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Oslo, 31. august (2011)
Beautiful, true and devastating
The most hard-hitting and resonant film I've seen in a long time, Oslo August 31st sets itself up with serene, fuzzy home footage and tales of blissful memories spent in the titular city of Oslo only to cut to the bleak life of Anders, a former heroin addict on his first day of life out of rehab. Searching for a meaning and a purpose in this new life he finds little in his friends' bourgeois city routines, which he neither desires nor feels he could achieve anyway, and their claims that "it'll all get better" fail to move a mind constantly probing and analysing the reality of his situation.
He soon undergoes an intense conversation in a park overlooking the city with his closest friend, wherein Anders pours out his thoughts of the time the two have spent apart, and the precision of their rapport matched with the lead's acting make the whole scene feel horribly real.
Anders wanders the often-empty city like a ghost, sitting in a café surrounded by the hollow dreams of others ("Plant a tree. Swim with dolphins. Write a great novel") and dwelling on the weight of his own existence. In two minds whether to leave the city, increasingly desperate and always beautifully shot, we follow him through the night until sunrise, when Anders appears to us in a sequence at his most unpredictable.
Undeniably disturbing, yet intimate and tender, this is a film that already feels close to my heart, one unafraid to bring up difficult questions and brilliantly able to provoke an idea of the absurdity of it all.
To Glorify A Predator
Firstly, as much as this movie is being praised for the less simplistic portrayal of a relationship between an adult and a child than we usually get in the national discourse, there's a definitely creepy underlying message along the lines of the NAMBLA ideology that this "pederasty" as it's known is serving some sentimental need of both participants - the ending to the film leaves Howie essentially a 3-time orphan, and as such we are supposed to feel his relationship with "Big John" (eugh) was more one of support than of abuse.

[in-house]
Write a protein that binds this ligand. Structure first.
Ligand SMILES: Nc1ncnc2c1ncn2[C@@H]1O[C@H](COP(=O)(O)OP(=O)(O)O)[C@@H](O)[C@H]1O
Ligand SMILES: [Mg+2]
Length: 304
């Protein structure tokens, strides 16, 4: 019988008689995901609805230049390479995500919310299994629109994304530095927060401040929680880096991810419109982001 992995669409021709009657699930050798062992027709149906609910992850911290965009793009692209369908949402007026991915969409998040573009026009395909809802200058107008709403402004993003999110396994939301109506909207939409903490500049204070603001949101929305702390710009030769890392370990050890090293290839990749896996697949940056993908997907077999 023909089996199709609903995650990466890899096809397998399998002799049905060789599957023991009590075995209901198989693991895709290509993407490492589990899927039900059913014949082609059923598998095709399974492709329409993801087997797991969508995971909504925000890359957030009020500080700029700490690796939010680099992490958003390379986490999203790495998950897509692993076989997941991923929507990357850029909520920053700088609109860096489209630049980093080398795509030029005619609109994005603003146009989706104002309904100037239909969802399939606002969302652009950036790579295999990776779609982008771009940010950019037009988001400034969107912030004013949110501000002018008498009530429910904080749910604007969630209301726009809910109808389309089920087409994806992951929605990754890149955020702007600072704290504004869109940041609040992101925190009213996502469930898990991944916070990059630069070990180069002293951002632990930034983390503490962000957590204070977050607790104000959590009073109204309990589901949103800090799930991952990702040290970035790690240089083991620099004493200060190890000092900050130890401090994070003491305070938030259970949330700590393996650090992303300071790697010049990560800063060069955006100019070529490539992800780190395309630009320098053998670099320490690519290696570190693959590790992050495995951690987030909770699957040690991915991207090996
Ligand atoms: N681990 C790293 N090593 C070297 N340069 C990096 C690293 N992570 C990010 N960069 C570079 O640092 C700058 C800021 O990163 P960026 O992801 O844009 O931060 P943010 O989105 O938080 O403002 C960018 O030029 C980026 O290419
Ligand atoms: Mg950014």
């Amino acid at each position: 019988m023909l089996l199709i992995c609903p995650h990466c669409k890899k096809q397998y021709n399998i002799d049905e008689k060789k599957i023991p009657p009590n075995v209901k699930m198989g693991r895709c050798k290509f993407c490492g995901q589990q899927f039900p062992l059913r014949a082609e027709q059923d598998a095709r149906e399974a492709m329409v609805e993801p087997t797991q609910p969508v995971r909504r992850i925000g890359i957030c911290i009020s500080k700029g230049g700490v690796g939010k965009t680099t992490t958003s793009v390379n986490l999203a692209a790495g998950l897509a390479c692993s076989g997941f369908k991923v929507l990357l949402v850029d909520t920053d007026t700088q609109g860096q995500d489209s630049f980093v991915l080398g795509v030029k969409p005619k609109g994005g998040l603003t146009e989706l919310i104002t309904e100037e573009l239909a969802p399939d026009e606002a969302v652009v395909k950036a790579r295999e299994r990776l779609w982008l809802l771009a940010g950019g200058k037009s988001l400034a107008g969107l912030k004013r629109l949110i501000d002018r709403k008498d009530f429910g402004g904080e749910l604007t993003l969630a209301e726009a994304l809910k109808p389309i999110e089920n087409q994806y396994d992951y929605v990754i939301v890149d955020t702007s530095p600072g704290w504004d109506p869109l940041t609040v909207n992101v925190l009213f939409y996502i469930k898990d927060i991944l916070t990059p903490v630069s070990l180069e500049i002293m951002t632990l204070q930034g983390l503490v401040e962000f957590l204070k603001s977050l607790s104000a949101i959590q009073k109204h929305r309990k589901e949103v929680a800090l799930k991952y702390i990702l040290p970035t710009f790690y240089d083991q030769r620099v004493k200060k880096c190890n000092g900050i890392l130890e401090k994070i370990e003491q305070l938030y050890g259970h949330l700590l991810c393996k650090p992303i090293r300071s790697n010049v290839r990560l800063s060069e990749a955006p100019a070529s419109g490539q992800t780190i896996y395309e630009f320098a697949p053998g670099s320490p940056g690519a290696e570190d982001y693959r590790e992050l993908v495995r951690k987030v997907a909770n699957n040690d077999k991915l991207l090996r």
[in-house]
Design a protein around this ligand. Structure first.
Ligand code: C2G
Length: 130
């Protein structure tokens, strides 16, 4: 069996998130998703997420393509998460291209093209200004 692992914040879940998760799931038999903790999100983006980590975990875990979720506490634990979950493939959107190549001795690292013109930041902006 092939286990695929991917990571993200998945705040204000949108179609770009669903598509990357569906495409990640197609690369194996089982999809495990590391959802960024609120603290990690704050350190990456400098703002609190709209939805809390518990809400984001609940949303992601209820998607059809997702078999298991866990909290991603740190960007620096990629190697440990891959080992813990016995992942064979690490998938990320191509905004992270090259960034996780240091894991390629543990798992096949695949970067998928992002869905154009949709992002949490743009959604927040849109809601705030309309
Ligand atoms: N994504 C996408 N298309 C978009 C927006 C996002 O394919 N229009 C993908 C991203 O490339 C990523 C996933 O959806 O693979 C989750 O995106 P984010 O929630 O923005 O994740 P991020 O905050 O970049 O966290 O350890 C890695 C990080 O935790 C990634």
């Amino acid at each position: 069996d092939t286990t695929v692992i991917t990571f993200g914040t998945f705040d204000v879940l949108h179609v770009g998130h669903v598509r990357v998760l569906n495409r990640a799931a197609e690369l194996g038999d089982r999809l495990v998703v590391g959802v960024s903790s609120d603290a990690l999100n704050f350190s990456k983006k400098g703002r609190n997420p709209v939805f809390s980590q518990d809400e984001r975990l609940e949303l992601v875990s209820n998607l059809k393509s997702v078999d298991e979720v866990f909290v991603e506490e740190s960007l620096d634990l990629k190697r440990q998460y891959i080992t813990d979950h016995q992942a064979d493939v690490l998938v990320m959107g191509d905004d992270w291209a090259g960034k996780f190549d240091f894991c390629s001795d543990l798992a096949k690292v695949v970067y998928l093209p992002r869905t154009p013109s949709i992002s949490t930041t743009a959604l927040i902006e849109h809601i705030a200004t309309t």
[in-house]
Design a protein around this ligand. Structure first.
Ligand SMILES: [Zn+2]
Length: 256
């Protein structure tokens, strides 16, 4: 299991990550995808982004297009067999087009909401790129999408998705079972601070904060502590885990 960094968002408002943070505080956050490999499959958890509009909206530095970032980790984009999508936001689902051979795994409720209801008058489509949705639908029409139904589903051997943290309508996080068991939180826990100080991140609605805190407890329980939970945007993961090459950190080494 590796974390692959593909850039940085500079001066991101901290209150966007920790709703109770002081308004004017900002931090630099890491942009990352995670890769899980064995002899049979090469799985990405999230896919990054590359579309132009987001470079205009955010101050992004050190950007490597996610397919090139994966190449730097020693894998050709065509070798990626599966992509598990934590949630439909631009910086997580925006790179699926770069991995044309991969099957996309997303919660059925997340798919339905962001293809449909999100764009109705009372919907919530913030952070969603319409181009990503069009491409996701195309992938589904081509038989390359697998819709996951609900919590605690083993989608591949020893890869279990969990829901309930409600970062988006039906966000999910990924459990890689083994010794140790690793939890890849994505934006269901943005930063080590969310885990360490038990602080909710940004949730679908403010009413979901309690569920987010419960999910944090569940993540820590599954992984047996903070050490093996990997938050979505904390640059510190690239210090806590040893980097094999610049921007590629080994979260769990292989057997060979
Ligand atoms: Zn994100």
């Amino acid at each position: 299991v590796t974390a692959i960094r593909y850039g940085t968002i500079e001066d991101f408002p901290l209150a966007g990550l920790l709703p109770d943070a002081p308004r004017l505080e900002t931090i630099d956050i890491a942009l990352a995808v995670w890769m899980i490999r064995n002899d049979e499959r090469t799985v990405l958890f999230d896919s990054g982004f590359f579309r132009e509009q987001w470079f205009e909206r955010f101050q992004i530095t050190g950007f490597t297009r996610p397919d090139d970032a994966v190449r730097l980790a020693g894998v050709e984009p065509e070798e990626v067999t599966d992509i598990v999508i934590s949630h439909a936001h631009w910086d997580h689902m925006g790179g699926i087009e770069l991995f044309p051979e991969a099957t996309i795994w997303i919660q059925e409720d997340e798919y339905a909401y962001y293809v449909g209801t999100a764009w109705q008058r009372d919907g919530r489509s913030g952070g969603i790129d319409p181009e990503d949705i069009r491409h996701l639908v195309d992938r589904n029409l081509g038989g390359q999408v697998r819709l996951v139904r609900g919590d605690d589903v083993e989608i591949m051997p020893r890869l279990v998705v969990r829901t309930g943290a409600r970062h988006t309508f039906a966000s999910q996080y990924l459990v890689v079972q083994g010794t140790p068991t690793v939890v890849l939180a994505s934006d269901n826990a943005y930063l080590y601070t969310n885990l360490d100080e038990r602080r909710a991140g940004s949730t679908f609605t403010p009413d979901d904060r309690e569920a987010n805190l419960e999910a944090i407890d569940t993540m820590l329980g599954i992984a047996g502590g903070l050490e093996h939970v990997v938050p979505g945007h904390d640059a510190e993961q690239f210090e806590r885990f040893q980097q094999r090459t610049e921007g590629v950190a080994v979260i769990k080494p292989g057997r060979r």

This idea is pushed upon us at other points, such as the man's rejection of the child on the bed, and a line about Howie needing a father figure (in case we couldn't read between the lines ourselves) but I just found the whole notion of Cuesta trying to make the audience question the self-righteousness of paedophile-bashing pretty nauseating - these 'relationships' are child abuse, and from initial blackmail to driving back to the rest stop at the film's (flimsy) ending this man is clearly not changed by the Walt Whitman-quoting benevolent influence of Howie as is suggested. Rather he corrupts the alienated suburban teen and his death leaves the poor kid with one more kick to the braces
This weird moralising undercurrent basically ruined the second half of the film for me, as well as the occasional tasteless monster-clichés that I guess the director felt were necessary to balance the pro-paedophilia stance of the rest of the movie - one scene has the abuser explaining he's "always ashamed" but that's all that is verbalised and as such the sentimentality feels very phony.
ANYWAY I wanted to add that the first half of the film actually really impressed me, the Larry Clark-style diner sequence and general hoodrat bravado, the boredom of a big empty house, slow scenes of his life being given the time to become realistic, it was all going so well but then the plot started to lose its way, and the whole stupid non-romance shifted into fast-forward and Brian Cox kept pulling this bemused face to show he had depth while Howie said something profound-but- essentially-out-of-character (flicking between bright-spark-with-love- of-poetry//confused-and-bewildered-victim).
Although not a bad piece of film-making on the whole, this doesn't deserve a second viewing and I wouldn't go out of my way to recommend it, and I'm even thinking now that this is a film destined to preach to the ephebophile choir in the disturbing way the internet serves to already. Go watch Mysterious Skin instead